RIYADH - The Saudi-led coalition accused Yemeni rebels of repeatedly breaching a ceasefire Thursday, the first day of a truce under global pressure to end a war which has killed thousands.
At least 11 people were killed in sporadic clashes between rebels and pro-government forces, despite all sides insisting they will pause the fighting.
The truce, for an initial period of three days, took effect just before midnight on Wednesday to allow sorely needed aid deliveries in Yemen where the conflict has also left millions homeless and hungry.
The Saudi-led Arab coalition intervened in March 2015 to support the government of President Abedrabbo Mansour Hadi after Huthi rebels overran much of the impoverished country on the southern tip of the Arabian Peninsula.
Five previous truce attempts failed but cautious optimism preceded the current pause after intensified international pressure following an escalation of combat.
But Major General Ahmed Assiri, the coalition spokesman, said, "there is no ceasefire at all" because of repeated rebel breaches.
"This is the same situation as the previous time when we called for a ceasefire," Assiri said.
And Saudi Arabia's foreign minister told reporters in Washington that rebels were stepping up their attacks.
"As of this morning Washington time there had been more than 150 violations by the Huthi-Saleh side," Adel al-Jubeir said, referring to the rebels and forces loyal to former president Ali Abdullah Saleh.
Saudi Arabia and Washington accuse Iran of arming the Shiite Huthi insurgents, but Tehran denies the charges.
The coalition and Hadi both vowed to abide by the ceasefire despite alleged violations by the rebels.
Pro-government forces declared "respect for the truce" but reserved the right to respond to infractions.
The rebels said they would respect the ceasefire as long as "the enemy" abides by it, but urged their fighters to be ready to retaliate against "all aggression".
- Thousands have died -
The coalition says it will continue an air and maritime embargo, to prevent weapons shipments to the rebels, and maintains airborne reconnaissance.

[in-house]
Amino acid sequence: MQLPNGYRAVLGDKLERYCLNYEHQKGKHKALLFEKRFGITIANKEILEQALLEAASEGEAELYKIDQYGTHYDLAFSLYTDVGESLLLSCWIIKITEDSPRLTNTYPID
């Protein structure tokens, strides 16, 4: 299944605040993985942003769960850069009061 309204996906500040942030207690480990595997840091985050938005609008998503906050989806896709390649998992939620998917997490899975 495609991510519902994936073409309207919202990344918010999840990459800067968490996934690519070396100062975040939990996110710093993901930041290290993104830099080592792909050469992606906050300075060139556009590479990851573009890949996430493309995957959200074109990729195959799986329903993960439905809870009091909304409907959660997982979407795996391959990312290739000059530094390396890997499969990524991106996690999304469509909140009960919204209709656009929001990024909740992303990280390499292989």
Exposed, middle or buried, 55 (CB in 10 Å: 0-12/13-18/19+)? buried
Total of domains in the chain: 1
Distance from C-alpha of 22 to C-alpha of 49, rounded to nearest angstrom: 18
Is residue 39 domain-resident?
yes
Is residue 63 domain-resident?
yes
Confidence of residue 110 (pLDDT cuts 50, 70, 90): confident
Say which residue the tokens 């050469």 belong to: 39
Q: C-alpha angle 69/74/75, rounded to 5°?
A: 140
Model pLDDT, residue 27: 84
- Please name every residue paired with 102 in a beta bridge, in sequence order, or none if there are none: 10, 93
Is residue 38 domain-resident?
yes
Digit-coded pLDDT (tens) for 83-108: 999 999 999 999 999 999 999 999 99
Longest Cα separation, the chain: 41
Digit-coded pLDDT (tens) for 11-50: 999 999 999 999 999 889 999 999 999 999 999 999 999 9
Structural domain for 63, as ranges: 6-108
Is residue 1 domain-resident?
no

At dawn, coalition aircraft flew twice over the rebel-held capital Sanaa without conducting raids, according to residents, who said they have had enough of failed ceasefires.
"They're mocking us with a three-day truce," said Ali al-Doush, a 32-year-old civil servant who has not been paid for three months.
"We want an end to the war."
Nearly 6,900 people have been killed, more than half of them civilians, while another three million are displaced and millions more need food aid.
The deaths Thursday included three civilians killed in a coalition air raid on Saada province, a historic Huthi stronghold, rebel-controlled media said.
Assiri denied that any air strikes took place over Yemen, although coalition warplanes carried out surveillance.
He said a Patriot missile shot down a missile fired by rebels in Marib, east of the capital Sanaa.
A man and his daughter were wounded in a cross-border attack from Yemen in the kingdom's Jazan region, Saudi civil defence authorities said.
Assiri said coalition artillery and aircraft retaliated.
- '43 rebel violations' -
"We will respond to each violation. We will be reactive," he said.
"It's so easy. If they stop, we will not fire a bullet."
Official Saudi media said there were more than 43 rebel violations along the border.
Military sources and residents said there had also been fighting around the besieged third city Taez, and pro-Hadi positions came under fire in Sarwah, east of Sanaa.
The last ceasefire attempt began in April and collapsed as UN-brokered peace talks broke down in August.
Fighting then escalated, until an October 8 coalition air strike which the UN said killed more than 140 people and wounded at least 525 at a funeral in Sanaa.
On Thursday a panel of UN experts concluded the strike was in violation of international humanitarian law, accusing the coalition of failing to take "effective and adequate precautionary measures to minimise civilian casualties".
In the wake of the incident the United States announced an "immediate review" of its intelligence and refuelling assistance to the coalition, whose investigative team said the funeral was "wrongly targeted".
The US Navy also for the first time struck rebels directly earlier this month, hitting radar sites which Washington said were involved in missile launches against a US warship and other vessels.
The ceasefire does not apply to jihadists who have exploited the conflict to gain ground in the south.
Suspected Al-Qaeda militants on Thursday killed four soldiers at a checkpoint in the southern province of Abyan, a security official said. One attacker was killed and another wounded.